Seashore Trail 50K Race in Virginia Beach, VA

It seemed like a good idea at the time. I’d get a chance to try out my new trail shoes (Brooks Cascadia) on a real trail race before an important ultramarathon coming up in 2011. I’d get a chance to complete 30 races in one year (including one half marathon, with all the rest full marathons or ultras), bringing my total of lifetime marathons/ultras to 75. So, I signed up for the Seashore Trail 50K and made plans to fly into Norfolk, VA, on Friday, do the race on Saturday, and fly home on Sunday.
But as time approached, weather reports warned of snow and ice along the Atlantic coast, especially in the DC and Virginia area. I was prepared for the worst, and even packed a bigger carryon suitcase with extra supplies and warm clothes, just in case I got stuck somewhere on the trip. The Race Director kept us forewarned with several emails of possible changes to the course because of icy conditions and even of the chance, however remote, of a cancellation of the entire run. So, as Friday dawned, I was ready.
Made it to Atlanta with no problem and caught my flight into Norfolk, flying 1st class (thanks again, DELTA – it sure makes a difference when you are a gold medallion member – and I fly so frequently to races that I really do appreciate the unexpected upgrades). Snow on the ground everywhere in Norfolk, not high banks of snow, but there were definitely several inches. And it was cold! But roads were clear and local weather station said no precip expected until tomorrow evening. The race was on!
After checking into the host hotel (Virginia Beach Resort and Conference Center – very nice older hotel, accommodating staff, every room was a suite with a balcony overlooking beautiful Chesapeake Bay), I started organizing my race clothes and things I would need for the next day. At 4 pm, packet pickup at the hotel began and I got my bib number and a pullover windbreaker that was miles too big. RD said they sent the wrong size (Large) and to email him afterwards and he’d try to get correct sizes. All participants still had to arrive at the race start early to get our chips. Next question was – How to get to the race start at First Landing State Park, about 1 mile away on a highway with no sidewalk? Fortunately, the hotel had a shuttle and they were willing to drive me to the park early the next morning. That saved me a lot of worry.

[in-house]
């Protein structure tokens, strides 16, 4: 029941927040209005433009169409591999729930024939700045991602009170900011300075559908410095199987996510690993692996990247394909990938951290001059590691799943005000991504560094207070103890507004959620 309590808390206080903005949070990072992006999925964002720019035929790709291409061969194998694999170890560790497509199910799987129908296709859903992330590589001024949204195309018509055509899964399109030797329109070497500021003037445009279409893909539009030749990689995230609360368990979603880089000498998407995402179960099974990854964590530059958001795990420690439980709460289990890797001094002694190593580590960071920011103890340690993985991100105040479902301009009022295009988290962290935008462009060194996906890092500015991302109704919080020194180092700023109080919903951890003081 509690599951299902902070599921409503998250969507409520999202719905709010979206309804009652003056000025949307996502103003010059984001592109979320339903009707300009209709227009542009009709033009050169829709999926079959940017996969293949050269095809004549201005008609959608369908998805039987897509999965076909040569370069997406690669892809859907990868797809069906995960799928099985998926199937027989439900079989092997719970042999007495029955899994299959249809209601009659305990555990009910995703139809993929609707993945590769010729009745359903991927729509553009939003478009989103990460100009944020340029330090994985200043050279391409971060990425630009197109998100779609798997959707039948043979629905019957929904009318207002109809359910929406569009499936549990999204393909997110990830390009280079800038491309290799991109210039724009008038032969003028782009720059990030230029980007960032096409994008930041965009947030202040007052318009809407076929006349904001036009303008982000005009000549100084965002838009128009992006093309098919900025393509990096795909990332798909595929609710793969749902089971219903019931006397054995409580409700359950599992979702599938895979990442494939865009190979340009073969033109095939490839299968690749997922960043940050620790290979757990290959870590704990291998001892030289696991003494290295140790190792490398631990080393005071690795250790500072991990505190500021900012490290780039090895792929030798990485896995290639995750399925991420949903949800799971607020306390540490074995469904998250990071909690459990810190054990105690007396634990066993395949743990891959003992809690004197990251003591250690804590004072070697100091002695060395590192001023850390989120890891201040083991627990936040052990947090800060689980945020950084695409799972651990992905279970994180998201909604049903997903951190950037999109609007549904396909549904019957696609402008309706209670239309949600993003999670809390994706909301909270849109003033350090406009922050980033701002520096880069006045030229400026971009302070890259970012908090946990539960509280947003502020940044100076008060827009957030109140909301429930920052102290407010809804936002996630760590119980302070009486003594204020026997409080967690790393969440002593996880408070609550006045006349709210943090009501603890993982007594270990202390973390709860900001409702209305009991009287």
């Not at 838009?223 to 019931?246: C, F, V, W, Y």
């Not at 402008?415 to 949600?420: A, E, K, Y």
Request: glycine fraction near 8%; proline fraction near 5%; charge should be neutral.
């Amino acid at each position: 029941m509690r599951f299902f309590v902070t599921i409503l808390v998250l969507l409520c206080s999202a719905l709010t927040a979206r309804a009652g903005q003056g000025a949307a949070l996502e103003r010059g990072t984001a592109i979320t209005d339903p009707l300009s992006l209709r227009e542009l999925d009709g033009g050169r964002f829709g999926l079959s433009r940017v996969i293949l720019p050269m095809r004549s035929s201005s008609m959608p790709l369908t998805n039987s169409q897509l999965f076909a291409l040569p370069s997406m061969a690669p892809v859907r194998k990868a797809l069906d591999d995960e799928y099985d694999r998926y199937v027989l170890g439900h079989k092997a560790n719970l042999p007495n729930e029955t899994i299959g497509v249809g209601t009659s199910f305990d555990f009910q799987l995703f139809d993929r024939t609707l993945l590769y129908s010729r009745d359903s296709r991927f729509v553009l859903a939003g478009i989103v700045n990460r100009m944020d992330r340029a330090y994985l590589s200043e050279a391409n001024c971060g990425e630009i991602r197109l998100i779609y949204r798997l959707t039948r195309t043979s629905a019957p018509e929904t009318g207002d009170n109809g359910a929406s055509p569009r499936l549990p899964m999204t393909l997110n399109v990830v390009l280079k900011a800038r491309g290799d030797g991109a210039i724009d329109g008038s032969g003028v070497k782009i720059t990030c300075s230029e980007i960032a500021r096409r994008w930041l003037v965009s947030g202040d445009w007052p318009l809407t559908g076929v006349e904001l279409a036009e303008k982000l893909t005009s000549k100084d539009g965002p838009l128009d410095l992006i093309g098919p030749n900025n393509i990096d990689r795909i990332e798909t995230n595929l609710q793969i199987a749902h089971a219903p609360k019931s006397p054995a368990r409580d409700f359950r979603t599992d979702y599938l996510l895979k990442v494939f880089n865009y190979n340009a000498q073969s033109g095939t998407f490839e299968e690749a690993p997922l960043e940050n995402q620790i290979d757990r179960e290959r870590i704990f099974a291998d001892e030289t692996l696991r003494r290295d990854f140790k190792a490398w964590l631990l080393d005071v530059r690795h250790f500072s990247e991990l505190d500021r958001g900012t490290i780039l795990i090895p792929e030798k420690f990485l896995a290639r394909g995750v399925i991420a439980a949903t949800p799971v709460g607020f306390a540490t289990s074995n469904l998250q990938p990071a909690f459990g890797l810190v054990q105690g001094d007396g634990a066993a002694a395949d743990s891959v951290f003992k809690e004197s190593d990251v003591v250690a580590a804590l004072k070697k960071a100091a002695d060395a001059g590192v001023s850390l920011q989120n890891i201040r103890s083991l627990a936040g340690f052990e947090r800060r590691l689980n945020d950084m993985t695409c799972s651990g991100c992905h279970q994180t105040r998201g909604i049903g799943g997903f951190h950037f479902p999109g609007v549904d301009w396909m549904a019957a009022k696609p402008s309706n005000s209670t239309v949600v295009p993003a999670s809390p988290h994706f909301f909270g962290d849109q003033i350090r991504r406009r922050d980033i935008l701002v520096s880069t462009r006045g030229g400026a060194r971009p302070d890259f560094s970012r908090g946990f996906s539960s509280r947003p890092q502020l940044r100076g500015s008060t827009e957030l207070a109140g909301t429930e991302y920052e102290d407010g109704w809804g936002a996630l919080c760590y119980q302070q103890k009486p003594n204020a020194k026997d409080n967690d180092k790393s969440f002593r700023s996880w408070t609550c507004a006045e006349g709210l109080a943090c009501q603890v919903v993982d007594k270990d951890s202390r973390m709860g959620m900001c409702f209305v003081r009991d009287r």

Saturday dawned cold and crisp. No rain or snow, but it turns out that any water on the roads and driveways and trails had iced over. I dressed in 4 layers of clothes plus a lined windbreaker with hood, mittens, cap, and handwarmers. At the park, I picked up my chip, put it on my ankle, and carefully made my way to the starting line. A few portapotties were set up and I made use of them – no lines at this point, although about 20 minutes later, there were dozens of people waiting.
The race began promptly at 8 am and we were off! Of course, I was at the back and trying hard to keep the folks ahead of me in sight so I would not get lost. I did have with me a course map but I wanted to look at it only if necessary – I needed to keep my eyes on the trail so I wouldn’t trip on the snow, ice, and roots. I stayed close on the heels of 4 local racewalkers who had done the inaugural race last year and knew the way.
The course consisted of 2 loops of trails circling around several portions of the park, with long out and back sections for each loop –kind of difficult to explain but relatively easy to follow when looking at a map. Fortunately, for the first loop, I found the snow easy to walk on (trail shoes probably made a difference) . During the second loop, however, much of the snow had melted, leaving mud (that was okay) and exposed roots (not so great). I only tripped once, but it was a hard fall, and I bruised my nose, knee, and ribs – but my glasses did not break (my biggest fear – I would not want to navigate a race unable to see) and I continued on but more carefully, with an eye out for those treacherous roots.
The park was beautiful, very eerie and ghostly, especially with the snow, ice, and cloudy weather. There were two well-stocked aid stations that racers passed a total of 4 times each – supplies included just about everything, from 3 varieties of sandwiches (including my favorite – pb and j), salty snacks, cookies, and candy, as well as water, Gatoraide, and soda. The volunteers stayed at their posts for every turn despite the 30 degree temps (it never did warm up much beyond that) and all were cheerful to boot, even for us back-of-the-packers.
By mile 21 or so, I could feel some pain behind my right knee so I eased up on my pace a bit. I had made the only cutoff with 45 minutes to spare, so I knew I would finish, although my time would not be as good as the previous week’s result. I crossed the finish line in7:37 and received a plaque, medal, and cap. I must have looked a bit dazed because a volunteer asked me if I needed water or to sit down. I responded that all I needed at this point was a ride back to my hotel and one kind volunteer (Steve) did drive me back. I called my husband to fill him in on my experience and then was ready for a shower and a delicious seafood pasta meal at the hotel restaurant. That was all I needed before turning in for the night (I had an early flight the next morning).
Turned out to be a pretty good idea after all.

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